Navigating relationships gracefully is a skill that doesn’t seem to come naturally to most, but you know there is a reason they say practice makes perfect, and I do believe that over time, we can learn to discipline our emotions– especially if we can figure out the why. Over the years, while helping people unravel their marriages, I’ve identified some common behaviors that have a great tendency to set people off, and if you want things to last, then here’s what you should avoid:
1. Not listening. We all want to be heard and feel like our partners understand us, and if this is not happening it is an incredibly valid source of frustration.
2. Needs not being met. If you are specific with someone about what you need, i.e. 2 date nights a month without kids, and your request is ignored, resentment is seriously going to kick in fast.
3. Repeat Offenders. When you call someone out on something for the first time, it’s only fair to cut them some slack if they had no idea that behavior would piss you off, but if the person continues to repeat the behavior I see no point in giving that person further passes.
4. Broken promises. We all want to know that we can count on someone to do what they say they are going to do; that is precisely how you build trust. If someone isn’t true to his/her word, what is the point in subjecting yourself to ongoing disappointment?
5. Going radio silent. Many of us may need to disconnect when we are upset so that we can think things through carefully, but I wouldn’t recommend going MIA for more than 24 hours. When you are calm and can rationally explain your sentiments, you should clue someone into the reasons why you are so upset. To shut someone out completely without explanation beyond 48 hours is just plain cruel.
6. Not enough quality time. To feel special and loved, you need to spend quality time with your partner, and when that person is continually unavailable, it is inevitable that you will feel abandoned and taken for granted.
7. Name calling. Hopefully by college most people have outgrown this bad habit– how is it helpful to call someone a nasty name or tell them that they are “wrong” for feeling a certain way? The point of language is to communicate our ideas so that we can peacefully co-exist, especially with our loved ones. Treating someone with disrespect is the surest way to alienate someone and/or make them hate you.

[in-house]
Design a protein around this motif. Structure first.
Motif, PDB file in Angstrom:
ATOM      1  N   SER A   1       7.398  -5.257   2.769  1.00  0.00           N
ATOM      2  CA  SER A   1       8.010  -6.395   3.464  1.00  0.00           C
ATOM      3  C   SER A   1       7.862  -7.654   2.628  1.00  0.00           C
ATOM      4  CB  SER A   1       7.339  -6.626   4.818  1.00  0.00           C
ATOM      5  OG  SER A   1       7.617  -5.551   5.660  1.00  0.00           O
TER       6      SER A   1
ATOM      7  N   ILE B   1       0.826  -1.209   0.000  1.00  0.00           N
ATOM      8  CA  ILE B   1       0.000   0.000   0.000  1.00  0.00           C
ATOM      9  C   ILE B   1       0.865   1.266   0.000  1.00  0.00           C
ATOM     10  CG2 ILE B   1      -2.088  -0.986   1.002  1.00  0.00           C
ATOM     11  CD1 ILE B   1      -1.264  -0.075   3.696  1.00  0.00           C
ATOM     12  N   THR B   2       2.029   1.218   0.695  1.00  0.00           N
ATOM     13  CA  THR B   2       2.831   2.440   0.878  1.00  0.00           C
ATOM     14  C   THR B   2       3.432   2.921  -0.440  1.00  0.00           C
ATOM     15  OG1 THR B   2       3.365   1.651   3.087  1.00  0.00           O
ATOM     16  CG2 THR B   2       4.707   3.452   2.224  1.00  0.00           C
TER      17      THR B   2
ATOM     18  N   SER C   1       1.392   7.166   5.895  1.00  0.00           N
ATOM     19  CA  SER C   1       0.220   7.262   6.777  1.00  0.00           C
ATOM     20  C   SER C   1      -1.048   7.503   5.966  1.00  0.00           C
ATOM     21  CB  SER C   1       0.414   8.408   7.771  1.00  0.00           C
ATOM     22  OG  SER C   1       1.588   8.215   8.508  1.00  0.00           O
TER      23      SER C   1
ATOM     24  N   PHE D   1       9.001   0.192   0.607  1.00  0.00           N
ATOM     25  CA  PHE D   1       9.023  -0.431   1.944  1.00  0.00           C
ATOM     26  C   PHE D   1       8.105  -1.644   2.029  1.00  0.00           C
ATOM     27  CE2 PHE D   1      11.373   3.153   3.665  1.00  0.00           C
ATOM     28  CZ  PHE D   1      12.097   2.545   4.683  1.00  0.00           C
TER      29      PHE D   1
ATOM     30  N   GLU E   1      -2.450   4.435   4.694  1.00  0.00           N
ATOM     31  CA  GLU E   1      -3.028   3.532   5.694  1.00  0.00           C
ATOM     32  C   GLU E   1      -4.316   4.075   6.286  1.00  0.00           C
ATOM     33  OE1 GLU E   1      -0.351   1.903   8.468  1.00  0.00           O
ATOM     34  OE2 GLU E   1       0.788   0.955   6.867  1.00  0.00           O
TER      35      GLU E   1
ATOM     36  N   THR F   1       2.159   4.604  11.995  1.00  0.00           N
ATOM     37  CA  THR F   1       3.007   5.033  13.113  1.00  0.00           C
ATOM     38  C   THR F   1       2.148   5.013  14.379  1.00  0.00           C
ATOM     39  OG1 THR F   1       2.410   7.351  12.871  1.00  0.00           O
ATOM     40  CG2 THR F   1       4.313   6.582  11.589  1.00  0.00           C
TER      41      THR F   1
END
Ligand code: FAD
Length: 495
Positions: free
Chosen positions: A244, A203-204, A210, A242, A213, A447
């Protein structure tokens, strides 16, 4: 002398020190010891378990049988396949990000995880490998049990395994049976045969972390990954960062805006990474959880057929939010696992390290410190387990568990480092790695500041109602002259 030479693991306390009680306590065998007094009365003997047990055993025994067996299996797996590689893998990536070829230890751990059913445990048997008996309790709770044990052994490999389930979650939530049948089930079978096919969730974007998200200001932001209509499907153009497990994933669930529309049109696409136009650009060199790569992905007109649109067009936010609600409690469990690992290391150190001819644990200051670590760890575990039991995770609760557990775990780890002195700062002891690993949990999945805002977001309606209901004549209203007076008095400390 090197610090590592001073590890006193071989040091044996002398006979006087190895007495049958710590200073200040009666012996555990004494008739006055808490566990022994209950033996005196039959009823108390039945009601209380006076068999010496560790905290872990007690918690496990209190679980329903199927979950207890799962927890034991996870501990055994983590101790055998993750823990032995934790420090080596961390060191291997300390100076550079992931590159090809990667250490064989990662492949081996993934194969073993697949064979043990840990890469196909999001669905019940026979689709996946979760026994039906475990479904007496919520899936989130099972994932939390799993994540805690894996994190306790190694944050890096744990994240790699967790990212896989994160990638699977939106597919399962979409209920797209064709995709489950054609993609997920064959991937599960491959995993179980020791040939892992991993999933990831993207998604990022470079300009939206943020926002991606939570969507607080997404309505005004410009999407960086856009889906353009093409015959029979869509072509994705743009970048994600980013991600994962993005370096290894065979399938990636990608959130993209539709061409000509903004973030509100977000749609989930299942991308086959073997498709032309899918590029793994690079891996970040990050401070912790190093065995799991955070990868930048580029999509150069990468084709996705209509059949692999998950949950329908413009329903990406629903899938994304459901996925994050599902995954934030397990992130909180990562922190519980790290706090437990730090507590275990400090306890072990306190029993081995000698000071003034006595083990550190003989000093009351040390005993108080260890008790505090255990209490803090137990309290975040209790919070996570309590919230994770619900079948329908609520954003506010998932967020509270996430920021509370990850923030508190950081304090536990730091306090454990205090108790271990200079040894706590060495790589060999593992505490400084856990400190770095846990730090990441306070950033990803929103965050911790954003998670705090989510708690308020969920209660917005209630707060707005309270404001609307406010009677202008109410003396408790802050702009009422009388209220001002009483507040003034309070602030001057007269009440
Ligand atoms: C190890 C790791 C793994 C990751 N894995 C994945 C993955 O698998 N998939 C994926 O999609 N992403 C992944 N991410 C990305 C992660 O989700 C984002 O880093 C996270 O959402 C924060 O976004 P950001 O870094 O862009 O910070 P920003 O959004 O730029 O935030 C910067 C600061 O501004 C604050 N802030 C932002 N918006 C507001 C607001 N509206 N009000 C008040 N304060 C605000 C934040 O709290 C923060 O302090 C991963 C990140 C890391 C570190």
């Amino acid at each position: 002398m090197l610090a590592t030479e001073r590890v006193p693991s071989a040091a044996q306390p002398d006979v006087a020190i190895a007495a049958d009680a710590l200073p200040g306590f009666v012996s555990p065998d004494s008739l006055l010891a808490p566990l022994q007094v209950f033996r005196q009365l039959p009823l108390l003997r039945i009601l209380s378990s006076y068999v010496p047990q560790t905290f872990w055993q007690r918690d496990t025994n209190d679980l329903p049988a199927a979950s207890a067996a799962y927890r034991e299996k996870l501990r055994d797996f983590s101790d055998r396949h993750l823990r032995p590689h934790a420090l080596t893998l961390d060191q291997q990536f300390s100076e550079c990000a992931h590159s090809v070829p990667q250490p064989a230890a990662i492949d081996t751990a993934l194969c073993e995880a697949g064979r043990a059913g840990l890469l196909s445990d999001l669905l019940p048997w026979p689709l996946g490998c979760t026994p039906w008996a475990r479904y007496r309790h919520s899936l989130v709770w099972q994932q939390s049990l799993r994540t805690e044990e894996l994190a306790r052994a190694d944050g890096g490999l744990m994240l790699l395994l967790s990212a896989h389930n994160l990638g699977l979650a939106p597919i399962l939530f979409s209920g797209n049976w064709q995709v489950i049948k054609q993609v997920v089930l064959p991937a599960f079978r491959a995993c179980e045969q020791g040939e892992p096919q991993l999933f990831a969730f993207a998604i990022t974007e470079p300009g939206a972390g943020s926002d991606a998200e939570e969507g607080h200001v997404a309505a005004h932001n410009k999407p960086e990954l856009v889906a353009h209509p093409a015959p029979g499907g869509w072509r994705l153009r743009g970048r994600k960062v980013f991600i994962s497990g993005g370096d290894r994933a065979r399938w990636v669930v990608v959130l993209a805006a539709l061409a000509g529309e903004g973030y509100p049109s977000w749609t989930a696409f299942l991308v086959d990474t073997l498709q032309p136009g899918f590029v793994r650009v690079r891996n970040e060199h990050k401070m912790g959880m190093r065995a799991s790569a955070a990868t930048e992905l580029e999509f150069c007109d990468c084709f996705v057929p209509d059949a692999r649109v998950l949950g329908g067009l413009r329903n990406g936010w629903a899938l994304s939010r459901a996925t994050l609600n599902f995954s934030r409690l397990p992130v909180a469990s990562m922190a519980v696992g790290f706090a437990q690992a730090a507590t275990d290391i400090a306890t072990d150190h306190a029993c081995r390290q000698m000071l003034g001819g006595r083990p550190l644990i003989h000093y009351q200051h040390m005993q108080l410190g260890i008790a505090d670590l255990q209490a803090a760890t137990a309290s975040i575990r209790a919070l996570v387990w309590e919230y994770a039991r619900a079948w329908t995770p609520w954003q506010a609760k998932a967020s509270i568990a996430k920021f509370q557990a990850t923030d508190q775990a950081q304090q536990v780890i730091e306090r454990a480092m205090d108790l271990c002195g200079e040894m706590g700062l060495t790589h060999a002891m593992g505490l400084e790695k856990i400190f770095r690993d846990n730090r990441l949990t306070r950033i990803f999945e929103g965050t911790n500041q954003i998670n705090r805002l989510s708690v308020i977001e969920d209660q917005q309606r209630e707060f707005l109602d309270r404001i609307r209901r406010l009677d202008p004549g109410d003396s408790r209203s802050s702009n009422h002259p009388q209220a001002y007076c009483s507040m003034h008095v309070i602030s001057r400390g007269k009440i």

8. Being Plan B. No one wants to be the fall-back guy or gal. We all want to be with someone that treats us like we are a priority– this is normal; treating people you supposedly care about like your back-up plan is not.
9. Wobbly stools. What do I mean by this? Well, imagine a person as a 3 legged stool– and when work and home life sucks, s/he keeps leaning on the one stable leg remaining– his/her significant other. Now, on a temporary basis, this may be okay, but you cannot continually act as someone’s emotional crutch. We all fall on hard times, and it is great to be able to lean on the one you love, but not all the time– that is just too unstable, plus being super needy simply isn’t sexy.
10. Possessiveness. This one is a biggie. I know it is human nature to want to hold on tight to something you consider so precious, but people are not acquired objects. We all need to enjoy our freedom, and we are all part of a greater community– no one is here to be someone’s one and only. If someone really loves you and values the relationship, then s/he will come back freely and voluntarily– and if they don’t, just accept that it wasn’t meant to be. Honestly, there should be no need to track someone’s every move if you trust that person, and if you don’t well then what does that tell you?
These are some very common triggers that set people off, and rather than just bury your head in the sand, I would encourage you to try and address these issues with your partner if you want to try and make it last. Couples that are pro-active about addressing threats to the relationship stand a far better chance than passive couples at weathering storms. Now if the storms just keep coming, then things may well be beyond repair, but at least now you may have a better understanding of why things spiraled out of control. It happens, even to the best of us.
By Regina A. DeMeo, Esq.